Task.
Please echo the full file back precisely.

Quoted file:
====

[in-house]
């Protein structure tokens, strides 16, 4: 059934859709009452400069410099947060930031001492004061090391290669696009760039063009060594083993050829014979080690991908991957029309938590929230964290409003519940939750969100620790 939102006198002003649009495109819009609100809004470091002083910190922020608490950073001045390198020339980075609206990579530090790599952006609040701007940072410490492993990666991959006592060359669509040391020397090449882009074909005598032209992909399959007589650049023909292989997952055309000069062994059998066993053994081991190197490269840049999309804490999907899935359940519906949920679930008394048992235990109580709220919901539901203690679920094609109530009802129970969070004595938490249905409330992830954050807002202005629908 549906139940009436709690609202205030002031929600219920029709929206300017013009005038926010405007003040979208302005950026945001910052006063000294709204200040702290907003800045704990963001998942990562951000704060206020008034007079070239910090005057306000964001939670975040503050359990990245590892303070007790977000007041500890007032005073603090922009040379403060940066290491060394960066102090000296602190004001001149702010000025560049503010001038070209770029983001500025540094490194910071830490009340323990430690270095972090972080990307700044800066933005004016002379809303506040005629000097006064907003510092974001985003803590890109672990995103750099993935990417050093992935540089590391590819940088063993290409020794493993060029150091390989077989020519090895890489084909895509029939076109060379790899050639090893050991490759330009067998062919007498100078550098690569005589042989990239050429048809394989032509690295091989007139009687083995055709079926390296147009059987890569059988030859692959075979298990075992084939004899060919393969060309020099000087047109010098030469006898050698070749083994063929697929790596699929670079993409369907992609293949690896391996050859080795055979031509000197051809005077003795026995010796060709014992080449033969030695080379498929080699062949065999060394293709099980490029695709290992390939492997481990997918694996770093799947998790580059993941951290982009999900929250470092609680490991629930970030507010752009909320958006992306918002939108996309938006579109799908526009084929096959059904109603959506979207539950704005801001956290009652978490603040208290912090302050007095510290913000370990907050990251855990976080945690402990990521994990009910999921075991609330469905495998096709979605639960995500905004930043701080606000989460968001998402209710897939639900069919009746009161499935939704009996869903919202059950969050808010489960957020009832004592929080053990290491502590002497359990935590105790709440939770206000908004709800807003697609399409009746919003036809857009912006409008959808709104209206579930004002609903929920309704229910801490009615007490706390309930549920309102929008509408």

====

[in-house]
């Protein structure tokens, strides 16, 4: 059934859709009452400069410099947060930031001492004061090391290669696009760039063009060594083993050829014979080690991908991957029309938590929230964290409003519940939750969100620790 939102006198002003649009495109819009609100809004470091002083910190922020608490950073001045390198020339980075609206990579530090790599952006609040701007940072410490492993990666991959006592060359669509040391020397090449882009074909005598032209992909399959007589650049023909292989997952055309000069062994059998066993053994081991190197490269840049999309804490999907899935359940519906949920679930008394048992235990109580709220919901539901203690679920094609109530009802129970969070004595938490249905409330992830954050807002202005629908 549906139940009436709690609202205030002031929600219920029709929206300017013009005038926010405007003040979208302005950026945001910052006063000294709204200040702290907003800045704990963001998942990562951000704060206020008034007079070239910090005057306000964001939670975040503050359990990245590892303070007790977000007041500890007032005073603090922009040379403060940066290491060394960066102090000296602190004001001149702010000025560049503010001038070209770029983001500025540094490194910071830490009340323990430690270095972090972080990307700044800066933005004016002379809303506040005629000097006064907003510092974001985003803590890109672990995103750099993935990417050093992935540089590391590819940088063993290409020794493993060029150091390989077989020519090895890489084909895509029939076109060379790899050639090893050991490759330009067998062919007498100078550098690569005589042989990239050429048809394989032509690295091989007139009687083995055709079926390296147009059987890569059988030859692959075979298990075992084939004899060919393969060309020099000087047109010098030469006898050698070749083994063929697929790596699929670079993409369907992609293949690896391996050859080795055979031509000197051809005077003795026995010796060709014992080449033969030695080379498929080699062949065999060394293709099980490029695709290992390939492997481990997918694996770093799947998790580059993941951290982009999900929250470092609680490991629930970030507010752009909320958006992306918002939108996309938006579109799908526009084929096959059904109603959506979207539950704005801001956290009652978490603040208290912090302050007095510290913000370990907050990251855990976080945690402990990521994990009910999921075991609330469905495998096709979605639960995500905004930043701080606000989460968001998402209710897939639900069919009746009161499935939704009996869903919202059950969050808010489960957020009832004592929080053990290491502590002497359990935590105790709440939770206000908004709800807003697609399409009746919003036809857009912006409008959808709104209206579930004002609903929920309704229910801490009615007490706390309930549920309102929008509408």